Enough of that for now. Next post: Some of the bright spots during the nightmare of World War II.

Saturday, February 12, 2005


This is a follow-up to the previous post where I indicated that some people are so uncomfortable with the idea that religion had anything to do with the Holocaust that they proclaim the Holocaust was strictly a secular event. Their strongest case for this is that the extreme violence was not caused by religion. The Nazis felt that they had broken free of religious constraints and could do whatever they wanted. They must have sensed that they went beyond all decency because they tried to operate in secret as much as possible.

There is some truth to this argument. But if this is the best argument that can be mustered in defense of religion, it's not quite good enough. It tries to get us to imagine that the ferocious bloodthirstiness and sadism of the Nazis sprang up from out of nowhere. But that is not true, is it? Violence happens because a ground has been prepared for it.

Some people would like us to believe that the Nazis did the unthinkable. The truth is that the Nazis did what had become very thinkable, though avoided until they came along. Not only had some Christians (certainly not all Christians) made violence towards Jews a possibility, they had even made extermination something to contemplate.

For at least a hundred years before the Nazis came to power, and often since 1890, there were some Christians who suggested that eliminating all Jews would be a solution to "the Jewish problem", though they usually added that, as Christians, they could do no such thing. But they kept bringing it up. David Kertzer gives two examples in his "The Popes Against the Jews" (2001), pp. 144, 257 (the first is from 1890 and the second, 1923). More examples of this could be adduced.

The Nazis definitely stepped over a line, but some Christians had drawn that line repeatedly and made it a distinct possibility in the minds of Christians. If that line had not become a thinkable idea, it would not have been there for the Nazis to step over. I don't think it would have occurred to them that this is something they could get away with.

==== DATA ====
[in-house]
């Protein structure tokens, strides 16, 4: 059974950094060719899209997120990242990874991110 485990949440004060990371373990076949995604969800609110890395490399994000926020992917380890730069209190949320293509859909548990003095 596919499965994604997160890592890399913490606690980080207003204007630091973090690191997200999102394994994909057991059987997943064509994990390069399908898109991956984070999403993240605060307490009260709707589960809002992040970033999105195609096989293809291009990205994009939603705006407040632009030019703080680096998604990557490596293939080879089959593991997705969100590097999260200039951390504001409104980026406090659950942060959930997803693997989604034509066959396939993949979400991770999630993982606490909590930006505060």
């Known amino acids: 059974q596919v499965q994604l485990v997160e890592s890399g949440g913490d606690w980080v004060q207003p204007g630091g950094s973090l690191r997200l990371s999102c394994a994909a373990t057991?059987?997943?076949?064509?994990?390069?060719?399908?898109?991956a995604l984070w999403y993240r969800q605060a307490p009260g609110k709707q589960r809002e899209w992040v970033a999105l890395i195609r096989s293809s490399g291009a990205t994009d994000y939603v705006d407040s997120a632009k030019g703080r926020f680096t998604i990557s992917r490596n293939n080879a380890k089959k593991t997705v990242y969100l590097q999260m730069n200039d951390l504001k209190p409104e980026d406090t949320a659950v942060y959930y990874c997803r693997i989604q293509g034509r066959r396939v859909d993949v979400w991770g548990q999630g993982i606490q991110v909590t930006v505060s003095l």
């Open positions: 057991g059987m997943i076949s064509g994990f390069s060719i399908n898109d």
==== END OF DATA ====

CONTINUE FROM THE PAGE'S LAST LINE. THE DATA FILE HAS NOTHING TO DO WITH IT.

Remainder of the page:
Even on the question of lesser violence towards Jews, the Catholic Church, for example, had a very mixed attitude. Officially, it condemned such violence as inhuman and unChristian, but it also had moments when it turned its back and blamed the Jews themselves for the violence perpetrated against them. For examples of the former, see Kertzer, pp. 206, 271, 273, 275, and for the latter, see 147-48, 157, 158, 175, 184, 212, 250, and 324, n. 23.

There are even deeper reasons for seeing a connection between the Nazis and religion. Most Nazis were not born Nazis. Many were raised Catholic or Protestant. Some would see no incompatibility between Nazism and religion, and some would, abandoning their religion and embracing their new secular ideology. In general, the Nazis hated religion. But they did not grow up loving Jews and hating them only when they took up Nazism. They learned their hatred of Jews in their religious traditions. They wanted to get rid of the theological ground for antisemitism and replace it with the so-called purely scientific grounds of their racial theories. They indeed wanted to make antisemitism secular, but they learned it from religion.

It would be silly to suggest that Nazis garnered their hatred of Jews from pagan sources or from studying their perverted brand of science. Their "science" was invented after the fact of their hatred. When the Nazis made Jews wear a yellow star, they did not get that from paganism. It was not ancient Rome that put a yellow badge on Jews. It was the medieval Catholic Church.

Nazis quite consciously imitated certain Christian practices towards Jews. Their racial laws were another imitation of former Christian practice, especially the Catholic Church's promulgation of laws, since the 4th century, separating Jews from Christians. The whole instinct of treating Jews as aliens was essentially a Christian one (or, one version of Christianity), as I explained in the post below this one, and had its origins, I believe, in regarding Jesus as an alien among his own people.

And it was not just past Christian practice that Nazis were following, it was something contemporary as well. One of the most shameful parts of the history immediately preceding and accompanying the Holocaust is that many among the Christian leadership, not the people, condoned Nazi antisemitism, counseling only that Nazis should pursue it in a civilized way.